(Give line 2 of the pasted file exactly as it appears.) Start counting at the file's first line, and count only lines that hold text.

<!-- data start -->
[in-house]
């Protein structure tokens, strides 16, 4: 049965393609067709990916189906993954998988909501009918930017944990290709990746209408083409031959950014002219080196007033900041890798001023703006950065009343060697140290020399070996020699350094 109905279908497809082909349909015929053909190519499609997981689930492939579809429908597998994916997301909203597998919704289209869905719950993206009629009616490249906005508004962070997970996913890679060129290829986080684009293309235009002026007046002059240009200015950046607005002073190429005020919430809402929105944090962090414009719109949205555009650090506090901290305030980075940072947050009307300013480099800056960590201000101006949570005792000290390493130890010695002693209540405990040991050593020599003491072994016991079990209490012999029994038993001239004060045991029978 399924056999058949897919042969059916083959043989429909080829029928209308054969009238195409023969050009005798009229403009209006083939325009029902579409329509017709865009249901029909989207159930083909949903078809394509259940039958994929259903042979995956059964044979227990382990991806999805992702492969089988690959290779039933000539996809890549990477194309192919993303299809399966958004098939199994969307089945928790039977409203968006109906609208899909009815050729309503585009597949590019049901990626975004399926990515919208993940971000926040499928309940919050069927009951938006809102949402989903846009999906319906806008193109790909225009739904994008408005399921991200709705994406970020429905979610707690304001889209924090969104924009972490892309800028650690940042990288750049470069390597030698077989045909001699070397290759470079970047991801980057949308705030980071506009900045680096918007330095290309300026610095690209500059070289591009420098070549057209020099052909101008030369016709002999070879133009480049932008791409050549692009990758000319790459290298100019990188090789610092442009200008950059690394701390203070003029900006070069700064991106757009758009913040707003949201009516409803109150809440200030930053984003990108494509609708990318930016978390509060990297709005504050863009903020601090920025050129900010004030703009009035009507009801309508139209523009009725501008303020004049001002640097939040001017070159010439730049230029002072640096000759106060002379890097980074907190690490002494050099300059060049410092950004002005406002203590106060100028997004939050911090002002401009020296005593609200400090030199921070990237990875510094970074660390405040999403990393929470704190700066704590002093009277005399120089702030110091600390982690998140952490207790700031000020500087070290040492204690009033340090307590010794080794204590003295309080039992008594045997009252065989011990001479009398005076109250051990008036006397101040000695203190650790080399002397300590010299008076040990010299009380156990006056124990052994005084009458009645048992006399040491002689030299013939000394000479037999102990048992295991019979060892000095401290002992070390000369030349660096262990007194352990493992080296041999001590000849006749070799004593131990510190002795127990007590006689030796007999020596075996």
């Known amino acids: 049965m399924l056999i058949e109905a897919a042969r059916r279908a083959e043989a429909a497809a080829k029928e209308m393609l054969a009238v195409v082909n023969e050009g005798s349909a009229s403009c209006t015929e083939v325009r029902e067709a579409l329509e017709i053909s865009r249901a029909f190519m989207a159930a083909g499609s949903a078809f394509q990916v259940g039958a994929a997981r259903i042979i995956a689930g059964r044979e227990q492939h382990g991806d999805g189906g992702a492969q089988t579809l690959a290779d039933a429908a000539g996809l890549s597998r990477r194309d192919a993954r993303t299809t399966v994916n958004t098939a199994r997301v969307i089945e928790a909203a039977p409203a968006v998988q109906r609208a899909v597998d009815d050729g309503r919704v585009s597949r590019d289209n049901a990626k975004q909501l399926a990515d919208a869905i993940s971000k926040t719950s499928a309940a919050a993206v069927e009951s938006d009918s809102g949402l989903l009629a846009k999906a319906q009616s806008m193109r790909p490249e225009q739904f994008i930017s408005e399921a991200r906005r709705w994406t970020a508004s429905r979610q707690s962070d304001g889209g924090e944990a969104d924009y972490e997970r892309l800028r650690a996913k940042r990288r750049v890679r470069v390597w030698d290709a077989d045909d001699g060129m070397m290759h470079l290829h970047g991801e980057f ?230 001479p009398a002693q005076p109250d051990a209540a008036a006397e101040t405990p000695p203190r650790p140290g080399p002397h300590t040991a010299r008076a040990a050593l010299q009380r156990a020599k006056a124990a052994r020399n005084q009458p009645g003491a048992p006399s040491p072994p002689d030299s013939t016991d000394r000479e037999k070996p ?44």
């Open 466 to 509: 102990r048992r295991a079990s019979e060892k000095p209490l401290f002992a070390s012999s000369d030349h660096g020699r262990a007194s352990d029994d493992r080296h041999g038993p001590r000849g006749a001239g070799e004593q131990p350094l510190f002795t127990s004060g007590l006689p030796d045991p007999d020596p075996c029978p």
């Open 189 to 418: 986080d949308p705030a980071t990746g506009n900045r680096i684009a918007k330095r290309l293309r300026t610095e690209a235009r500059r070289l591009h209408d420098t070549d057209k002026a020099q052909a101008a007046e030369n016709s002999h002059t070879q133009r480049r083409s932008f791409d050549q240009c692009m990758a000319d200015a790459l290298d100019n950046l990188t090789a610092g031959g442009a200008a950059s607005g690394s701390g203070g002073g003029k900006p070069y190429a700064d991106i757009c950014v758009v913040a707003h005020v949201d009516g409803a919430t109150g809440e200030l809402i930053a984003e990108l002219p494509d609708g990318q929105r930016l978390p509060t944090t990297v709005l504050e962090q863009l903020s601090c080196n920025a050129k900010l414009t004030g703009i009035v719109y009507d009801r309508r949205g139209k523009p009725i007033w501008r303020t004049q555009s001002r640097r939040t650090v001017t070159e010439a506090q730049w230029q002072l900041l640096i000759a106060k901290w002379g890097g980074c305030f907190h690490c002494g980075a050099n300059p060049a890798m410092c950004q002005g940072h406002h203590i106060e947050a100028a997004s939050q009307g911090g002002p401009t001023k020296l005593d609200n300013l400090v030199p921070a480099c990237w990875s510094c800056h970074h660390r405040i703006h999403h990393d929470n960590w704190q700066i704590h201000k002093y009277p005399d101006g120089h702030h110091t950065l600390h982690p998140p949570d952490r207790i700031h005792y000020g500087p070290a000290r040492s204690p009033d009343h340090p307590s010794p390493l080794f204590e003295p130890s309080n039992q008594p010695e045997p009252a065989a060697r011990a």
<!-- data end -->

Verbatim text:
């Protein structure tokens, strides 16, 4: 049965393609067709990916189906993954998988909501009918930017944990290709990746209408083409031959950014002219080196007033900041890798001023703006950065009343060697140290020399070996020699350094 109905279908497809082909349909015929053909190519499609997981689930492939579809429908597998994916997301909203597998919704289209869905719950993206009629009616490249906005508004962070997970996913890679060129290829986080684009293309235009002026007046002059240009200015950046607005002073190429005020919430809402929105944090962090414009719109949205555009650090506090901290305030980075940072947050009307300013480099800056960590201000101006949570005792000290390493130890010695002693209540405990040991050593020599003491072994016991079990209490012999029994038993001239004060045991029978 399924056999058949897919042969059916083959043989429909080829029928209308054969009238195409023969050009005798009229403009209006083939325009029902579409329509017709865009249901029909989207159930083909949903078809394509259940039958994929259903042979995956059964044979227990382990991806999805992702492969089988690959290779039933000539996809890549990477194309192919993303299809399966958004098939199994969307089945928790039977409203968006109906609208899909009815050729309503585009597949590019049901990626975004399926990515919208993940971000926040499928309940919050069927009951938006809102949402989903846009999906319906806008193109790909225009739904994008408005399921991200709705994406970020429905979610707690304001889209924090969104924009972490892309800028650690940042990288750049470069390597030698077989045909001699070397290759470079970047991801980057949308705030980071506009900045680096918007330095290309300026610095690209500059070289591009420098070549057209020099052909101008030369016709002999070879133009480049932008791409050549692009990758000319790459290298100019990188090789610092442009200008950059690394701390203070003029900006070069700064991106757009758009913040707003949201009516409803109150809440200030930053984003990108494509609708990318930016978390509060990297709005504050863009903020601090920025050129900010004030703009009035009507009801309508139209523009009725501008303020004049001002640097939040001017070159010439730049230029002072640096000759106060002379890097980074907190690490002494050099300059060049410092950004002005406002203590106060100028997004939050911090002002401009020296005593609200400090030199921070990237990875510094970074660390405040999403990393929470704190700066704590002093009277005399120089702030110091600390982690998140952490207790700031000020500087070290040492204690009033340090307590010794080794204590003295309080039992008594045997009252065989011990001479009398005076109250051990008036006397101040000695203190650790080399002397300590010299008076040990010299009380156990006056124990052994005084009458009645048992006399040491002689030299013939000394000479037999102990048992295991019979060892000095401290002992070390000369030349660096262990007194352990493992080296041999001590000849006749070799004593131990510190002795127990007590006689030796007999020596075996």